Cannabidiol: Pharmacology and potential therapeutic role in epilepsy and other neuropsychiatric disorders.

“Cannabis has been used to treat disease since ancient times. Δ9 -Tetrahydrocannabinol (Δ9 -THC) is the major psychoactive ingredient and CBD is the major nonpsychoactive ingredient in cannabis.

Cannabis and Δ9 -THC are anticonvulsant in most animal models but can be proconvulsant in some healthy animals. The psychotropic effects of Δ9 -THC limit tolerability.

CBD is anticonvulsant in many acute animal models, but there are limited data in chronic models.

The antiepileptic mechanisms of CBD are not known, but may include effects on the equilibrative nucleoside transporter; the orphan G-protein-coupled receptor GPR55; the transient receptor potential of vanilloid type-1 channel; the 5-HT1a receptor; and the α3 and α1 glycine receptors.

CBD has neuroprotective and antiinflammatory effects, and it appears to be well tolerated in humans, but small and methodologically limited studies of CBD in human epilepsy have been inconclusive.

More recent anecdotal reports of high-ratio CBD:Δ9 -THC medical marijuana have claimed efficacy, but studies were not controlled.

CBD bears investigation in epilepsy and other neuropsychiatric disorders, including anxiety, schizophrenia, addiction, and neonatal hypoxic-ischemic encephalopathy.”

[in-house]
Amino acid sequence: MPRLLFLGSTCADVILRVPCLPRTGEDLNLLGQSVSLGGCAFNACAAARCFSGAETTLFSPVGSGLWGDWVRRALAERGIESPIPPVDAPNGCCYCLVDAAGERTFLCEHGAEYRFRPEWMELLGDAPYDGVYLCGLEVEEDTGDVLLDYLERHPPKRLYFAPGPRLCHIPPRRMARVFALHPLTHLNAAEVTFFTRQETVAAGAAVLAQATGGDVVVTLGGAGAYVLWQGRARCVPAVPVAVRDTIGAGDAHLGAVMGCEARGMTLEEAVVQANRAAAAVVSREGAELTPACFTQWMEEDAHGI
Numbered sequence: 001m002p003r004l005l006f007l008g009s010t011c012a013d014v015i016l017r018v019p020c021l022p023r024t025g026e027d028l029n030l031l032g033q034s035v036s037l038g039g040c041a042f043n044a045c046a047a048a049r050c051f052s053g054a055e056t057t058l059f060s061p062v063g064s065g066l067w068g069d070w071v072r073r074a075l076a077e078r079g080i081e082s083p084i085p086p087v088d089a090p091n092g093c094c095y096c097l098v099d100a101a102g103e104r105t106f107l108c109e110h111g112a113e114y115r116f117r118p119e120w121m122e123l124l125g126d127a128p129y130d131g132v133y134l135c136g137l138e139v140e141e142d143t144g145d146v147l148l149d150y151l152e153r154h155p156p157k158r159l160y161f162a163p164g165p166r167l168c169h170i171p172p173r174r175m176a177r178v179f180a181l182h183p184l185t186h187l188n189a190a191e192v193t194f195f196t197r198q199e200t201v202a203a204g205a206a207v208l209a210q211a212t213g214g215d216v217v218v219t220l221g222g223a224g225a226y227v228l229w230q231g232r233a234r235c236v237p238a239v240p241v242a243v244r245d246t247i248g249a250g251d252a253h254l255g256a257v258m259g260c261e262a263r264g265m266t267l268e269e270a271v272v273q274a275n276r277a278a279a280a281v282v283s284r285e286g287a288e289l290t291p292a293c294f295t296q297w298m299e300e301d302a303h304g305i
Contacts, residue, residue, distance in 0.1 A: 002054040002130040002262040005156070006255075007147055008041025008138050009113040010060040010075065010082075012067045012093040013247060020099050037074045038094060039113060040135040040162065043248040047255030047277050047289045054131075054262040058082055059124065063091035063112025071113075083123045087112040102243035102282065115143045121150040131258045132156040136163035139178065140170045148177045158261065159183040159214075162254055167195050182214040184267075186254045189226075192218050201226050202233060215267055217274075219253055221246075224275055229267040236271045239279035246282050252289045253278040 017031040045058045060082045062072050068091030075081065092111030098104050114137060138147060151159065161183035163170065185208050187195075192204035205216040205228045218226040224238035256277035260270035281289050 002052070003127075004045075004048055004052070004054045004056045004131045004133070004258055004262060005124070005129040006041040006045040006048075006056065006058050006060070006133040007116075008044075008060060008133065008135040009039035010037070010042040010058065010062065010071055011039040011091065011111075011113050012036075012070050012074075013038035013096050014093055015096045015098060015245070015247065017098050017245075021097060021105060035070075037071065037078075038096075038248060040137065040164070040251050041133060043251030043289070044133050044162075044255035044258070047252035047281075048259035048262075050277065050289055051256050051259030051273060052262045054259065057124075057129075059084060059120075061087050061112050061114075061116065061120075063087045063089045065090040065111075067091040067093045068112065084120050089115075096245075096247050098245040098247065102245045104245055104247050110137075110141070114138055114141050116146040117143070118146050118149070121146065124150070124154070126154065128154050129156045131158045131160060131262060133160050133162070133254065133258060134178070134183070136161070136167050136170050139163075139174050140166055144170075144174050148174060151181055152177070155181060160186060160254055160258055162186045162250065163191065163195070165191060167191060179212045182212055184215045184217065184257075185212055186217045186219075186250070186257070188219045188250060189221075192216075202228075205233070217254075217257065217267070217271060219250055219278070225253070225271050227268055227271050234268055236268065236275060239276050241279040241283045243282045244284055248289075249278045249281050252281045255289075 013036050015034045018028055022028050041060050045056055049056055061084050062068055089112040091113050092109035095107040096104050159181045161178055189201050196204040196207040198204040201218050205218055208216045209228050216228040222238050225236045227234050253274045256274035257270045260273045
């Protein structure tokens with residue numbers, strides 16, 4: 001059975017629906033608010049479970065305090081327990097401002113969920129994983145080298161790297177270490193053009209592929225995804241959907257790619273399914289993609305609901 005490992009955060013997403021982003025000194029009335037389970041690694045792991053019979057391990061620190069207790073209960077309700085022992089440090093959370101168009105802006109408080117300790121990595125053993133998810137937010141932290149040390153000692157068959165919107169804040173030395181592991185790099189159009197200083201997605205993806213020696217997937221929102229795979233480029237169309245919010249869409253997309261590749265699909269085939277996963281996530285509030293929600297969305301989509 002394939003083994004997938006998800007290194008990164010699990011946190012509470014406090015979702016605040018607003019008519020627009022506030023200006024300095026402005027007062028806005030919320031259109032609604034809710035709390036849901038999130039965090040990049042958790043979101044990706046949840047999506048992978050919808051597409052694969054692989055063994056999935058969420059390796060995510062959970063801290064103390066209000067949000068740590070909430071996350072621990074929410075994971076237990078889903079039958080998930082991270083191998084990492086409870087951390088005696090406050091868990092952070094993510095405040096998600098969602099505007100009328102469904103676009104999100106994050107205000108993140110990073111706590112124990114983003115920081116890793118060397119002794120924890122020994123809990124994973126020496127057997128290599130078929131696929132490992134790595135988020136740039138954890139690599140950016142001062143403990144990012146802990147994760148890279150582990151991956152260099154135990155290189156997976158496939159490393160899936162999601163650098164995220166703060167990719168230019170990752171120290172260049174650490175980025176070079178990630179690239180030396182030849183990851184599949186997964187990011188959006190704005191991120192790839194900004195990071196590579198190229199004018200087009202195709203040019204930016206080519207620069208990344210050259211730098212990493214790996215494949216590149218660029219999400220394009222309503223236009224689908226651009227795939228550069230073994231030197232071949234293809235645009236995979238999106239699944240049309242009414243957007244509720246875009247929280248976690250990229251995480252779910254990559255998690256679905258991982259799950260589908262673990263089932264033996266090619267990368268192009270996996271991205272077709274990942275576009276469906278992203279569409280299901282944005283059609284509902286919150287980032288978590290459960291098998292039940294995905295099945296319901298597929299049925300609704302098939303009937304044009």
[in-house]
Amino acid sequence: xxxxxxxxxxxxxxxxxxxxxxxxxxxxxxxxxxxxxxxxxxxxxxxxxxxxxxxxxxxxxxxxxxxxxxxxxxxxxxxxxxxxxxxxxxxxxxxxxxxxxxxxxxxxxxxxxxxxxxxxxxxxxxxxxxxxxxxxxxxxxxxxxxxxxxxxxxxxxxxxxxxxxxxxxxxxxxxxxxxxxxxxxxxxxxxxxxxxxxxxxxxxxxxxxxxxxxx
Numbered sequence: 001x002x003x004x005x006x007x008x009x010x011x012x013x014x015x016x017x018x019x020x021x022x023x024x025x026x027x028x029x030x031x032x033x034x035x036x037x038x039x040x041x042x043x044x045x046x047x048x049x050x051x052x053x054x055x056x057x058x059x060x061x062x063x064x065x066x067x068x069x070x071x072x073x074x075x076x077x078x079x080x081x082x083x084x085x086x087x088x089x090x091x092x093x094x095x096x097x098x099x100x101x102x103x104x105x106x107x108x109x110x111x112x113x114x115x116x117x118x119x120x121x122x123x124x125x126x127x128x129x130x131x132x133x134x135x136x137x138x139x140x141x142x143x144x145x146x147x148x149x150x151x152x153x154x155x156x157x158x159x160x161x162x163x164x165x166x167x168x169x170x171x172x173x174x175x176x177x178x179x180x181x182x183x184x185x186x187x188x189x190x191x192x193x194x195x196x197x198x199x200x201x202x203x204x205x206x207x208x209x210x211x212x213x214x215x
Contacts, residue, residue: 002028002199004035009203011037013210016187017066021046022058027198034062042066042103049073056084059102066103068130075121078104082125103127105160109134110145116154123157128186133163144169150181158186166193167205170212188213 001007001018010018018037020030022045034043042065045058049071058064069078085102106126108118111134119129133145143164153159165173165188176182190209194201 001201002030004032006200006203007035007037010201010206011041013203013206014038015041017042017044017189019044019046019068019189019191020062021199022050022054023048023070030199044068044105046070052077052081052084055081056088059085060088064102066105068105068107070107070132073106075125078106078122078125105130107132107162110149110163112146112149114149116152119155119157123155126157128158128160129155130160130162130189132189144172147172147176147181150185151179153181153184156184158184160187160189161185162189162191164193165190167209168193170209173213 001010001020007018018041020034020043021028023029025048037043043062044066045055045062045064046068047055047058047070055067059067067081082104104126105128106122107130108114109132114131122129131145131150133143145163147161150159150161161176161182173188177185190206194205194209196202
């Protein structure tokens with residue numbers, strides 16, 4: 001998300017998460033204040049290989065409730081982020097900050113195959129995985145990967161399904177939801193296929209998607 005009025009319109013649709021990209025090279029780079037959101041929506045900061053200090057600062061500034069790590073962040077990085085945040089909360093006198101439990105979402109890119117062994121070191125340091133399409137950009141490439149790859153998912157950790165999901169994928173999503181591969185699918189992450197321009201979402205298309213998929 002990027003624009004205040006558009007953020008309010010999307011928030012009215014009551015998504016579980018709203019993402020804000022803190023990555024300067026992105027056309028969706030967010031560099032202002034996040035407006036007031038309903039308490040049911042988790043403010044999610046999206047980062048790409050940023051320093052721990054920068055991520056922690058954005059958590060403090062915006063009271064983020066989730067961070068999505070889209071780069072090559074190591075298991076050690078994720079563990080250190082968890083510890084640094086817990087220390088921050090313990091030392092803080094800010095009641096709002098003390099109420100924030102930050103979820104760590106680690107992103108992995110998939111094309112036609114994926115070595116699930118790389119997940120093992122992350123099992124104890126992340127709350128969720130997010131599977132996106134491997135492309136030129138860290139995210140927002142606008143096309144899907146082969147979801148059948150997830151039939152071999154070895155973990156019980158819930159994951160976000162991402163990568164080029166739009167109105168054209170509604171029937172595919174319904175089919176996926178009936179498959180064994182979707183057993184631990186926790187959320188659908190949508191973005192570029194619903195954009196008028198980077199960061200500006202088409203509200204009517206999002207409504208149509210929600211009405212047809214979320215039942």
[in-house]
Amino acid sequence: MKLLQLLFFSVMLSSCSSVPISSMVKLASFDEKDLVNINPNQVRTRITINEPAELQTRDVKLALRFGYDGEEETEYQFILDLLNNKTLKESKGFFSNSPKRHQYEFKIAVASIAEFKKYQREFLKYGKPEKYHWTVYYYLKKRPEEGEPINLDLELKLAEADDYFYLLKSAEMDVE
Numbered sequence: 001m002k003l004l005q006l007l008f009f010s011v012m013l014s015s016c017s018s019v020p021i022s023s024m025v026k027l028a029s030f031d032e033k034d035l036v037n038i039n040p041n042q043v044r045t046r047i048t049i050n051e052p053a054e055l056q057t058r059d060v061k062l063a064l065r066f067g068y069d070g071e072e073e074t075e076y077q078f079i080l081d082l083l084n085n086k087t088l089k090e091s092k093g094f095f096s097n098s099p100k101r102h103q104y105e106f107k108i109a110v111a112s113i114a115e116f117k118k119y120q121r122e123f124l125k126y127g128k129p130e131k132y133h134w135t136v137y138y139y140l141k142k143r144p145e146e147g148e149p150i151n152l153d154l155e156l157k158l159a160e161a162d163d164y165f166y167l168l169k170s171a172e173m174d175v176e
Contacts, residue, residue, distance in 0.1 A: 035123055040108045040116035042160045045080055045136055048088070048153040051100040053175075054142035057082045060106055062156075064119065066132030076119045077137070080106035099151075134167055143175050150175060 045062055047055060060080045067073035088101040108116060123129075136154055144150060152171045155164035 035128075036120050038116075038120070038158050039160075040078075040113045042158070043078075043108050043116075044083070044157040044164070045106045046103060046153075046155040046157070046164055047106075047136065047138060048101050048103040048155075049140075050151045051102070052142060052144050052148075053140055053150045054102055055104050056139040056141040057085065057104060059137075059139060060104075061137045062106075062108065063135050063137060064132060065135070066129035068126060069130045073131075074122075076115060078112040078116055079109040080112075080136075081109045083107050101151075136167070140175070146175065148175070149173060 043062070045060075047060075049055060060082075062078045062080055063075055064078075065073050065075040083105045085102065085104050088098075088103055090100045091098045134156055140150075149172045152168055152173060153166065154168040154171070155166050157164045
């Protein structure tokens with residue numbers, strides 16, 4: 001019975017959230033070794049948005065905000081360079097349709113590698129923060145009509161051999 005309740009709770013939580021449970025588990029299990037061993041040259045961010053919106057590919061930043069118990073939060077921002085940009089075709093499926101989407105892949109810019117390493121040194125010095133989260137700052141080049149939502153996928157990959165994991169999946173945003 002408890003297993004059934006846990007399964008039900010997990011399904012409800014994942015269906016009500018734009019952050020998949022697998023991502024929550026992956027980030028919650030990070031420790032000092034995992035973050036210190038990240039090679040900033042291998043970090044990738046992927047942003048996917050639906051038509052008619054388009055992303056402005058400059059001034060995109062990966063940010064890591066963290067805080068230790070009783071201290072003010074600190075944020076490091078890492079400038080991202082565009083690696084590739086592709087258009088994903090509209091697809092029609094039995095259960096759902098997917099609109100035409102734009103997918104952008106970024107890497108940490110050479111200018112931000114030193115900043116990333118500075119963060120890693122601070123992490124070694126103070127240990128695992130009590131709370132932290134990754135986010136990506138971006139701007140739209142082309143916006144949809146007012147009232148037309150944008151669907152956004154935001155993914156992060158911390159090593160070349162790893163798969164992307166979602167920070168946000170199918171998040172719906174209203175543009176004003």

The case for medical marijuana in epilepsy.

“Charlotte, a little girl with SCN1A-confirmed Dravet syndrome, was recently featured in a special that aired on CNN. Through exhaustive personal research and assistance from a Colorado-based medical marijuana group (Realm of Caring), Charlotte’s mother started adjunctive therapy with a high concentration cannabidiol/Δ9 -tetrahydrocannabinol (CBD:THC) strain of cannabis, now known as Charlotte’s Web. This extract, slowly titrated over weeks and given in conjunction with her existing antiepileptic drug regimen, reduced Charlotte’s seizure frequency from nearly 50 convulsive seizures per day to now 2-3 nocturnal convulsions per month. This effect has persisted for the last 20 months, and Charlotte has been successfully weaned from her other antiepileptic drugs. We briefly review some of the history, preclinical and clinical data, and controversies surrounding the use of medical marijuana for the treatment of epilepsy, and make a case that the desire to isolate and treat with pharmaceutical grade compounds from cannabis (specifically CBD) may be inferior to therapy with whole plant extracts. Much more needs to be learned about the mechanisms of antiepileptic activity of the phytocannabinoids and other constituents of Cannabis sativa.”

“Marijuana stops child’s severe seizures”

Potential Cure for Epilepsy: Cannabis Vastly Reduces Seizures in Boy with Dravet Syndrome

A judge checks on a marijuana sample during a judging session at Uruguay's second

“Scientists are looking at the potential use of cannabis to treat and potentially cure severe forms of epilepsy.